His one and only friend, ‘Pube’, understood.  He at least seemed to give a shit.  At times, he maybe even cared.  Although recently Pube’s anger at the world had started to bubble over.  And he was pulling ‘Root’ down with him.  Pushing him to do bad stuff.  And then their idol – Kurt Cobain – killed himself…

Another equally excellent story that pumps lifeblood into the veins of one of the pre-existing characters.  It’s possibly the most downbeat and depressing of the Preacher stories (which is saying something), although it’s still somehow splattered with black comedy.  More surprisingly is that these comical aspects actually work in the story.  Don’t feel out of place or railroad the bitterness of the tale.  It’s something that Ennis has always managed to achieve.

As you’d probably guessed, there’s a veritable heap of social commentary within this particular story.  It’s rough and raw and uncompromising in how certain aspects of society and our introspective attitudes are addressed.  Yeah, if you’ve already read the previous volumes then you’ll know how it’s going to end for Root.  How the young lad eventually becomes ‘Arseface’.  However, here we get to see the lead up to and then post-Cobain-copycating, giving us a much deeper understanding of the characters involved.

It’s ugly and pretty damn depressing, but it’s one bastard of a compelling read.  Pretty much sums up the Preacher series actually!

The Good Old Boys

After professional model, Tommi Ryder, is accidentally sent a tape full of evidence incriminating a man named Saddam Hopper, she suddenly finds herself on the run from a very dangerous terrorist.  Furthermore, things go from bad to worse when the helicopter Detective Cal Hicks is transporting her in comes crashing down in the outbacks of Texas.

Saddam Hopper and his men are closing in on the fleeing duo when local rednecks T.C. and Jody stumble across them.  Unfortunately for Hopper’s goons, the mob drastically underestimate the lethal abilities of the two rednecks.  It’s a mistake that will cost them their lives.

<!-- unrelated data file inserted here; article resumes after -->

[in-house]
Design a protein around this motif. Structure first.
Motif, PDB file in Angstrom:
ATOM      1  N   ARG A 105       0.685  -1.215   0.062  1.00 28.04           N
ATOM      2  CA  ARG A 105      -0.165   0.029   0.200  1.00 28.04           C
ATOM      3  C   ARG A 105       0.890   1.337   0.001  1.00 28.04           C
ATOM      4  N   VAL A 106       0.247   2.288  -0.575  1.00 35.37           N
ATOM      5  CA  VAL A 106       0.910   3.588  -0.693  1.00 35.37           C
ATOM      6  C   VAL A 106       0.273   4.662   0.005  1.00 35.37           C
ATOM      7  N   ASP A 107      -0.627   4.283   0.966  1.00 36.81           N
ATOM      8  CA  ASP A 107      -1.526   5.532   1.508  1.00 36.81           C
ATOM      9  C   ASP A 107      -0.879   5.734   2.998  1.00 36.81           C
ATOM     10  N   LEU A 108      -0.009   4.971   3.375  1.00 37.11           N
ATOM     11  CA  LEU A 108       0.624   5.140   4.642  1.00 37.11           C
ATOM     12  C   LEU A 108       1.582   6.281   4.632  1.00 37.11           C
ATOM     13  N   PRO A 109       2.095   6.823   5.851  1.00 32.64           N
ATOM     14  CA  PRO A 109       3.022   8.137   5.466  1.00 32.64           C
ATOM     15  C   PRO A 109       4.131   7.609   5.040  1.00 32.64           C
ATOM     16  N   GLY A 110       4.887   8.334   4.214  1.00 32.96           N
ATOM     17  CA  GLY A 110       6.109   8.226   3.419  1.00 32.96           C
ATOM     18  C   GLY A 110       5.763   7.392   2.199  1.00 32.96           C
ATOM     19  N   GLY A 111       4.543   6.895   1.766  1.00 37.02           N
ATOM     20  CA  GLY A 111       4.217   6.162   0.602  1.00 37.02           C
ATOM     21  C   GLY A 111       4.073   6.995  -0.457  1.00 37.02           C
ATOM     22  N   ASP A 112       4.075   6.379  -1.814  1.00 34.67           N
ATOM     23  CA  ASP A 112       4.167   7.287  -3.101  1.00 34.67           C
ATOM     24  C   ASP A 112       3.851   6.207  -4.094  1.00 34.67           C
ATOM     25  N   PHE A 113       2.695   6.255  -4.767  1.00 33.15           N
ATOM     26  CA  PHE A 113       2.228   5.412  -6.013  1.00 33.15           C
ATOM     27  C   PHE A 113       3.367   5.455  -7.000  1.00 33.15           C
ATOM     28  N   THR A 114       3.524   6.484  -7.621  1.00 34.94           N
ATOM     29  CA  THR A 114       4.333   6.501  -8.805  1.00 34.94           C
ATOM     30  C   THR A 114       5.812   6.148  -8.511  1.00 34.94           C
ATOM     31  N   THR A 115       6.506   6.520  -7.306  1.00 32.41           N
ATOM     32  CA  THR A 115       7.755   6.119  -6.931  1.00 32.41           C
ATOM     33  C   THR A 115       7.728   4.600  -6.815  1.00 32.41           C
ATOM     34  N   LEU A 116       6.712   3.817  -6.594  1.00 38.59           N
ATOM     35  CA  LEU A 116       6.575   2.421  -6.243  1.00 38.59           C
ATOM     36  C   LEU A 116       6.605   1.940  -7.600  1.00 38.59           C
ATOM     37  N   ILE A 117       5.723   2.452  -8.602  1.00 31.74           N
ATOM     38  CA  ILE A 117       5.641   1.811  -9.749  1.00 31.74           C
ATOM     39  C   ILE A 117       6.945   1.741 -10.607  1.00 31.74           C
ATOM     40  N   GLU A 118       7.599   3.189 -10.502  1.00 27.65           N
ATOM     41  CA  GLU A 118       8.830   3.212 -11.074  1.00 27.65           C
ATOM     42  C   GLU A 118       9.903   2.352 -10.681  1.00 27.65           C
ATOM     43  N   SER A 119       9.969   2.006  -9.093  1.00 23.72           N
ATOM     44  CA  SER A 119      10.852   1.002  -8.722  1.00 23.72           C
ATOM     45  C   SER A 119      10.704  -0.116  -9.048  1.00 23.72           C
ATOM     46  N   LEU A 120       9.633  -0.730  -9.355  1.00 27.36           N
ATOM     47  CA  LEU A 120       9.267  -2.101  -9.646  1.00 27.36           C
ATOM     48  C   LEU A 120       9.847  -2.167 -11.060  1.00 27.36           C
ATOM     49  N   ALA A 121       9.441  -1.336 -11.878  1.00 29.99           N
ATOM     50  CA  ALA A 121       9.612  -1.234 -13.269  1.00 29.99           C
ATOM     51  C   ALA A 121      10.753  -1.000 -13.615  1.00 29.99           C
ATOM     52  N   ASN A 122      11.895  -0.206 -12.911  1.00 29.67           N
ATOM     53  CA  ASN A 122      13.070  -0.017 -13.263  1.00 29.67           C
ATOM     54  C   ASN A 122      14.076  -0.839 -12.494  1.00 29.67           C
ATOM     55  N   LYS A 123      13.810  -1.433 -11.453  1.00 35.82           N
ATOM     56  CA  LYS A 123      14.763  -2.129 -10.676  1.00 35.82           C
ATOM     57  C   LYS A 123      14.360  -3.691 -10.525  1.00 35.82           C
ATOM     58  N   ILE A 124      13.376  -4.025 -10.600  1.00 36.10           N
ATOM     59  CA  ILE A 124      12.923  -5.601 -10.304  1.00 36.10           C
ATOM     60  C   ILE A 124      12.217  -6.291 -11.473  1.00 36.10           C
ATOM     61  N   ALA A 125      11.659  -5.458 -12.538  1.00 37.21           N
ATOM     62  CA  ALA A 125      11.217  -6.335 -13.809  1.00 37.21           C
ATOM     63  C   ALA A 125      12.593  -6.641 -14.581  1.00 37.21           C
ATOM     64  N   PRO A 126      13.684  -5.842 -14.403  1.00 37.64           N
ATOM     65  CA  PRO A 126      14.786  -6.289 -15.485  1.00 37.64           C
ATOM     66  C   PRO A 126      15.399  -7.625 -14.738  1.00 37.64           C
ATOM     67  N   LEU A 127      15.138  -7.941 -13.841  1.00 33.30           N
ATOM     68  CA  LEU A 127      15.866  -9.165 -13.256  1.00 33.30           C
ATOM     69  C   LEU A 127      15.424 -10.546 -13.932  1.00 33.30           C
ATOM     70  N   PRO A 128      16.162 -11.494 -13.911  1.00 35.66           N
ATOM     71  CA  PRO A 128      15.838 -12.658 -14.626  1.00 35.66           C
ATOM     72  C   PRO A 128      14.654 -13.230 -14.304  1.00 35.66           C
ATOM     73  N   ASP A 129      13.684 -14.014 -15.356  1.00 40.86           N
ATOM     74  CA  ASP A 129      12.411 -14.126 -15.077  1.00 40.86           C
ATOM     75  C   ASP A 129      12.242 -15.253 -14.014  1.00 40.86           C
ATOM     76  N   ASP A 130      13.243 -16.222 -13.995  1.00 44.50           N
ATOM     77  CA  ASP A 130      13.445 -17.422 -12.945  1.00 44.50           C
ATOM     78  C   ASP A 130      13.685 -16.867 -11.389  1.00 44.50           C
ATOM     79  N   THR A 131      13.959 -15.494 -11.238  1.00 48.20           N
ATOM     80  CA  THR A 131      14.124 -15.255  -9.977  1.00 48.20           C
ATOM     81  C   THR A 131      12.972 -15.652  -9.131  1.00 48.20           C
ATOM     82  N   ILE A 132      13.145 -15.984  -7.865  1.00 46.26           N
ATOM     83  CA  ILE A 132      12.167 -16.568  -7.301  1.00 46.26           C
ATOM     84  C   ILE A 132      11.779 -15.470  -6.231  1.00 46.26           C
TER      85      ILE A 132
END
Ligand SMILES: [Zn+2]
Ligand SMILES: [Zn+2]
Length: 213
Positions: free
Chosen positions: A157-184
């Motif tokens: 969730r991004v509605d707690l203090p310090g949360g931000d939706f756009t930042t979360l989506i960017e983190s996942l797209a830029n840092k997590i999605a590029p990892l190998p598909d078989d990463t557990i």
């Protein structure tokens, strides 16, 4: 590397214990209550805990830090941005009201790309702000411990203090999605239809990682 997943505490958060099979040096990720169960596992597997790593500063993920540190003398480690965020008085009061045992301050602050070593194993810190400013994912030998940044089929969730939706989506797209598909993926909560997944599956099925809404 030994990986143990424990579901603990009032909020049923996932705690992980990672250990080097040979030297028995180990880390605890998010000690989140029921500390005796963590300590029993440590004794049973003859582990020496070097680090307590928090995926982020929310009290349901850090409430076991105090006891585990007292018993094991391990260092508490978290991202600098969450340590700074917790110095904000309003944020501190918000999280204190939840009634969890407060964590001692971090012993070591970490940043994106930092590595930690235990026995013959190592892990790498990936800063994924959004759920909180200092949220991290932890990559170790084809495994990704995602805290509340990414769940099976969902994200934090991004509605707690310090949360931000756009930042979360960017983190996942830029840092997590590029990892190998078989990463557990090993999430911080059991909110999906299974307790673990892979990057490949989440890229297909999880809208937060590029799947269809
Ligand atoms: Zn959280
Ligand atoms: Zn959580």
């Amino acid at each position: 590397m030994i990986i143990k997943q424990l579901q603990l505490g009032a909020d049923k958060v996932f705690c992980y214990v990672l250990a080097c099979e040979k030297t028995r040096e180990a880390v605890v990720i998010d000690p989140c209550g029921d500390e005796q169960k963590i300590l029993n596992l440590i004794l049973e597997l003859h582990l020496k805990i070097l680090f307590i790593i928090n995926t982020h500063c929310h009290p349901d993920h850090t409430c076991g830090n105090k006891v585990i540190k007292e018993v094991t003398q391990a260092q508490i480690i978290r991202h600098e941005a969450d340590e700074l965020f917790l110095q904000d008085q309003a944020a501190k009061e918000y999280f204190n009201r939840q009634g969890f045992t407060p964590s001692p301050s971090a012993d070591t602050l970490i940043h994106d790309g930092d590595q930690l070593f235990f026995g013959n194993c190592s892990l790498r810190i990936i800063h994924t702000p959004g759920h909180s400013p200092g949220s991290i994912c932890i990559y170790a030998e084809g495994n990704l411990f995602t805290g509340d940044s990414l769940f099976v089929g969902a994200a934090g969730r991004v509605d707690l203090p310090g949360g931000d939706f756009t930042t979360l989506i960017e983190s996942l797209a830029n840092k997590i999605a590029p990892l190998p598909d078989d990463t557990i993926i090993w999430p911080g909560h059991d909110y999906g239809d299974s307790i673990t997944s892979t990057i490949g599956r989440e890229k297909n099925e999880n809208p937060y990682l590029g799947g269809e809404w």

But Hopper will stop at nothing to get the incriminating tape back.  With more men on the way, the situation in this outback swampland is worsening by the second.  And Tommi’s supposed knight-in-shining-armour is proving to be more bravado than actual help in the situation.  The problem is, who amongst them should Tommi put her trust in?...

The final story in the volume is another absolute beauty.  Here we have probably the most comical and pulpy of the three.  Set in the remote swamplands of outback Texas, it’s here that we revisit Ms L'Angelle's goons for their very own story.

From what we’ve already seen of the two rednecks from the previous Preacher volumes, this offshoot story follows the characters’ delightful characteristics to the letter – with T.C. practicing bestiality at every given opportunity, and Jody being nothing short of a cold-hearted hardboiled killing machine.

The failing cliché hero character of Detective Cal Hicks contrasts perfectly with the rough-as-absolute-fuck rednecks – who in a reversal of norm are in fact the braver, more helpful ones.  It’s all very tongue-in-cheek and quick-witted with plenty of crude humour thrown into the mix.

It’s the sort of story that just entertains – pure and simple.  From the minute you begin it, the tale thunders along its deviant and unexpected course until the dark-as-sin comical conclusion signs the volume off perfectly.

The graphic novel runs for a total of 222 pages (which includes a 2 page foreword by Garth Ennis).

© DLS Reviews